It’s a good idea to do both bind ACL and firewall ACL.

# cat /etc/bind/named.conf.options
options {
	directory "/var/cache/bind";
	dnssec-validation no;
	auth-nxdomain no; # conform to RFC1035
	listen-on-v6 { any; };
	forwarders {;;
	allow-query { any; }; # create an ACL if you did not firewall port udp/53 tcp/53
	allow-recursion { any; }; # create an ACL if you did not firewall port udp/53 tcp/53
	recursion yes;
	dnssec-enable no;
# cat /etc/bind/named.conf.local
include "/etc/bind/rndc.key";
include "/etc/bind/zones.override";
logging {
	channel bind_log {
		file "/var/log/named/named.log" versions 5 size 30m;
		severity info;
		print-time yes;
		print-severity yes;
		print-category yes;
	category default { bind_log; };
	category queries { bind_log; };
# cat /etc/bind/zones.override 
zone "" {
	type master;
	file "/etc/bind/db.override";
zone "" {
	type master;
	file "/etc/bind/db.override";
zone "" {
	type master;
	file "/etc/bind/db.override";
zone "" {
	type master;
	file "/etc/bind/db.override";
zone "" {
	type master;
	file "/etc/bind/db.override";

In the db.override file replace VM-EXTERNAL-IP-ADDRESS with your VM’s static external IP address:

# cat /etc/bind/db.override
; BIND data file for overridden IPs
$TTL 86400
@ IN SOA ns1 root (
        2012100401 ; serial
        604800 ; refresh 1w
        86400 ; retry 1d
        2419200 ; expiry 4w
        86400 ; minimum TTL 1d
; need at least a nameserver
@ IN NS ns1
; specify nameserver IP address
ns1 IN A VM-EXTERNAL-IP-ADDRESS ;external IP created for the VM
; provide IP address for domain itself
@ IN A VM-EXTERNAL-IP-ADDRESS ;external IP created for the VM
; resolve everything with the same IP address as ns1
* IN A VM-EXTERNAL-IP-ADDRESS ;external IP created for the VM

Start the bind9 service:

# service bind9 start
# update-rc.d bind9 defaults

To further lock down the box, a sample iptables configuration file (replace HOME-EXTERNAL-IP with your IP address):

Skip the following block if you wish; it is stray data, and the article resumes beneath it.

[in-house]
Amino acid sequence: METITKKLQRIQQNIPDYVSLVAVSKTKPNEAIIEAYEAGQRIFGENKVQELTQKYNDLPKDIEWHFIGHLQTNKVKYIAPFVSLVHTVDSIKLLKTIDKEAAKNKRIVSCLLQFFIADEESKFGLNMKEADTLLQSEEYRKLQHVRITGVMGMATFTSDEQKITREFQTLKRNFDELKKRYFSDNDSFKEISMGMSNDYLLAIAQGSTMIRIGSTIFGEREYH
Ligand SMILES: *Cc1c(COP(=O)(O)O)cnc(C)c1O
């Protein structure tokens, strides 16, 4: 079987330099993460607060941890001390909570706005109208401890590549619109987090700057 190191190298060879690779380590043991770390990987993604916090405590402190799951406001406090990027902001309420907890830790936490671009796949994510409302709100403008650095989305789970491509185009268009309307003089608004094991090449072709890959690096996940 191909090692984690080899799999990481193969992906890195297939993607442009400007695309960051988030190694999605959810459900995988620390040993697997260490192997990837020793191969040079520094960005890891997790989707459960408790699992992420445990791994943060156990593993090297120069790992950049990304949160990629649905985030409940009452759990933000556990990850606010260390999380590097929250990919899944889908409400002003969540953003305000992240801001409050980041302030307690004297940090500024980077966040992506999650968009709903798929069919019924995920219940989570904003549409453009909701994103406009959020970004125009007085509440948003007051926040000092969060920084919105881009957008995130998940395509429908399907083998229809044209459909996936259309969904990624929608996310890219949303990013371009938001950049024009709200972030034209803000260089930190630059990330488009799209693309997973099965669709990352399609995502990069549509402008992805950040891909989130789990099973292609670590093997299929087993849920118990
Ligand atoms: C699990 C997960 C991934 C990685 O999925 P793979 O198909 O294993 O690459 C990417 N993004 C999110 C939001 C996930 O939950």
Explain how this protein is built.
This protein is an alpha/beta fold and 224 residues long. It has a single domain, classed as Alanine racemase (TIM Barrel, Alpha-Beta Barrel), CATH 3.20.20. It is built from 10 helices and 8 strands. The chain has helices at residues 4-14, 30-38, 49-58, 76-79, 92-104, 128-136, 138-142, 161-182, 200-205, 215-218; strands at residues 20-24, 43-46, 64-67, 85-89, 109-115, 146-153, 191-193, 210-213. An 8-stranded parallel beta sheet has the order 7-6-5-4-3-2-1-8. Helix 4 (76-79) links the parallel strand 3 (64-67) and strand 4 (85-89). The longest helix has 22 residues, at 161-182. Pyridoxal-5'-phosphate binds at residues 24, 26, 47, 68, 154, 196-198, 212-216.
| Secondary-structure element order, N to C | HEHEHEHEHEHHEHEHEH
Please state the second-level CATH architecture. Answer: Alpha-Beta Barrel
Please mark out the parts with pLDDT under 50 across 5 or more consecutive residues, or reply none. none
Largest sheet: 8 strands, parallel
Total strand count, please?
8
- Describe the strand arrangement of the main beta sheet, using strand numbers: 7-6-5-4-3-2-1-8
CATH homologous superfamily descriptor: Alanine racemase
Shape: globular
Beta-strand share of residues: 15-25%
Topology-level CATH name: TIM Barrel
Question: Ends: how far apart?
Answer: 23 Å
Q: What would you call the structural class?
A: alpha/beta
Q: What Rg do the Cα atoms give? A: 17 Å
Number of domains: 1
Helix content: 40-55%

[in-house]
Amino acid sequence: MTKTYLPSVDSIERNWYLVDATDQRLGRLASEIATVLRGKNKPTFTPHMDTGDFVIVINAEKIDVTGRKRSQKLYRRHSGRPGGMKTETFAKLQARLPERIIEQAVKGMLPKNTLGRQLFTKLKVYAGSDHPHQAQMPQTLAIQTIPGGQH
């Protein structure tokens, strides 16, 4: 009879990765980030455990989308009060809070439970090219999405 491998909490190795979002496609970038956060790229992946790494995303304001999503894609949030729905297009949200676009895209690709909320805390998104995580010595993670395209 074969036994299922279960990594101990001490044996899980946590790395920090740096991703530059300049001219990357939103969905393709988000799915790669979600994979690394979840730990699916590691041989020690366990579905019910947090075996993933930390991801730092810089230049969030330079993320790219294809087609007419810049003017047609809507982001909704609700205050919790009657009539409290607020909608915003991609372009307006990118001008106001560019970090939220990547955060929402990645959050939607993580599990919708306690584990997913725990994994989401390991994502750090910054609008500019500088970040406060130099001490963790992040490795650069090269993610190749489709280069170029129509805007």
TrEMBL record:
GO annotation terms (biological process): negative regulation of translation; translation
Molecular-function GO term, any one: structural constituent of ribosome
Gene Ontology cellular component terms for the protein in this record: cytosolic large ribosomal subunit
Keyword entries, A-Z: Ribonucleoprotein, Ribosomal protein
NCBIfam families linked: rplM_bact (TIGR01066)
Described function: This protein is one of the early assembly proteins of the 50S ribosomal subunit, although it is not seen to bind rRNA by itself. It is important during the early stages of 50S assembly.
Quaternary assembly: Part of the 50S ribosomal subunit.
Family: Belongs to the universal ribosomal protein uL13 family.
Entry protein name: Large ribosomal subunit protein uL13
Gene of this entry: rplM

# iptables-save
:PREROUTING ACCEPT [50228:66528501]
:OUTPUT ACCEPT [19020:1901406]

:OUTPUT ACCEPT [62:4250]

:INPUT DROP [62:3607]
:OUTPUT ACCEPT [1060:163175]
-A INPUT -s HOME-EXTERNAL-IP/32 -p udp -m udp --dport 53 -j ACCEPT
-A INPUT -s HOME-EXTERNAL-IP/32 -p tcp -m tcp --dport 443 -j ACCEPT
-A INPUT -s HOME-EXTERNAL-IP/32 -p tcp -m tcp --dport 80 -j ACCEPT
-A INPUT -s HOME-EXTERNAL-IP/32 -p tcp -m tcp --dport 22 -j ACCEPT
-A INPUT -m conntrack --ctstate RELATED,ESTABLISHED -j ACCEPT

:PREROUTING ACCEPT [50228:66528501]
:INPUT ACCEPT [50228:66528501]
:OUTPUT ACCEPT [19021:1902054]
:POSTROUTING ACCEPT [19021:1902054]

That’s it.

You can now set the DNS servers on your device (Nexus Player, Laptop, etc) to the VM’s external IP address. You only need to set one DNS server, leave the other blank or the proxy may not work as intended.

To do a quick test, all of the following dig commands should return an A record pointing to your VM’s external IP address:

# dig @localhost
# dig @vm-ip

Timeouts for the localhost command could mean a bind9 configuration problem. Timeouts to the vm-ip (while localhost succeeds) could indicate a network/firewall issue.

If something isn’t working, troubleshoot the following log files:

# tailf /var/log/named/named.log
# tailf /var/log/sniproxy/sniproxy_error.log (or http_access.log/https_access.log)

If you don’t see any activity in the bind9/sniproxy app logs, it could be a networking issue. Make sure the firewall rules are properly tagged (the target tags contain your VM instance tag).

You can use netcat or tcpdump to troubleshoot network/firewall problems.

Shout out to NakedCleaner for the Azure version of this setup and to dlundquist for sni-proxy!